BSBA MIS ’95
President and Founder, Back Up My Info
By Eller College
Growing up in an entrepreneurial family, Jennifer Walzer had a sales mentality — as a child, she made and marketed everything from pet rocks to handmade bracelets. She arrived at the UA with energy, ambition, and a license plate that read “CEO 2 BE.”
Over the course of her career, she says, “I realized that it wasn’t the ‘selling’ part that I loved; it was taking care of people that really energized me. It’s been a theme in my life.”
Walzer grew up in Orlando, Florida, the youngest of three sisters. Her middle sister surprised her by applying to and attending Arizona State University. “I was like, where are you going?!” Walzer says. “Are you going to ride a donkey to school?” But, she discovered, there were no donkeys; and, in fact, she preferred the University of Arizona when she came out to Arizona to visit.
“I always imagined myself going to Cornell, and I got accepted,” she says. “But I had a long talk with my dad, and he told me that wherever I went, I’d be successful, that I’d get a great education at the UA, and I wouldn’t freeze my tail off doing it.”
It didn’t take her long to launch a business. “I was in a sorority,” she says, “and a lot of my sisters were struggling with MIS 101. I started doing some tutoring.” The business took off, and Walzer began hosting group study sessions for a modest fee in her sorority house cafeteria. MIS professor Jim LaSalle even let her advertise her services in his class.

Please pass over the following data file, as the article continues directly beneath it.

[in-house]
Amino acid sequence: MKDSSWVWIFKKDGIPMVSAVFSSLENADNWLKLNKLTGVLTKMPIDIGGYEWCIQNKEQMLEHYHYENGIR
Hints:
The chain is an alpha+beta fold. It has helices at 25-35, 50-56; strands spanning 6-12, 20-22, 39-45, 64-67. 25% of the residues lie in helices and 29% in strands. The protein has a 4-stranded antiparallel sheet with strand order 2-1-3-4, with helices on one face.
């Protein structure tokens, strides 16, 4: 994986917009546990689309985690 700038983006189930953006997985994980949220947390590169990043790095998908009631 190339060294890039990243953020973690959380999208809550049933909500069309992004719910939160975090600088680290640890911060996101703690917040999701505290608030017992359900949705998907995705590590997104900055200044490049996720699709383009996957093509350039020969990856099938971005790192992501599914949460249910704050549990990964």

Right out of school, Walzer joined Andersen Consulting (now Accenture) as an analyst in Washington, D.C. “I was there for a year and hated it,” she says with a laugh. “For me, a company with 90,000 employees was too big. I didn’t want to just be a number.”
She joined IT consulting company Sapient in New York. “My whole family was living there,” she says, “but just a month into the job, they relocated me to Atlanta.” Walzer spent a couple of years doing project management and people strategy work. “I was getting sick of programming, and the HR team was bringing on a lot of people who didn’t fit the culture,” she says, “so I got involved and took over hiring efforts.”
Shortly thereafter, Walzer realized that she was at a critical juncture. “I said, this is it, I have to be an entrepreneur.” She started her first company, which developed interactive voice systems for labor unions. “I’d sell by day and program by night,” she says, “But as much as I loved being an entrepreneur, I realized that you have to be passionate about the business, and I wasn’t.”
She sold the company in 1998 and went on to work for a string of “dot-com bombs,” which gave her the opportunity to play a lot of different roles in companies.
Then one of her labor union contacts lost all his data. “My dad and I started talking about the concept of backing up data over the internet in a secure way,” she says. “People were starting to get comfortable using Amazon, bandwidth was expanding. There were a few companies out there doing it, but they were focusing on the enterprise side as opposed to a fully-supported service.”
No one, she points out, thinks about backing up data until it’s too late. “I realized there was a hole in the market that I could fill. I could provide online data backup as a way to make business owners’ lives easier and give them peace of mind. Here was my opportunity to do what I was truly passionate about — take care of people.”
Walzer launched Backup My Info in 2002. The company focuses on high-touch backup support for small and mid-size clients. “Clients need to be taken care of and protected. We set everything up, so, for example, you don’t even have to think about compliance strategy if you’re a law firm.”
She’s learned a lot since the company’s early days, and has been chronicling the ups and downs of running a small business on a blog for The New York Times. Her best advice? “For anyone who’s frustrated in a job, try to find something that makes you happy,” she says. “For me, it’s helping people. Life is too short to do something you don’t love.”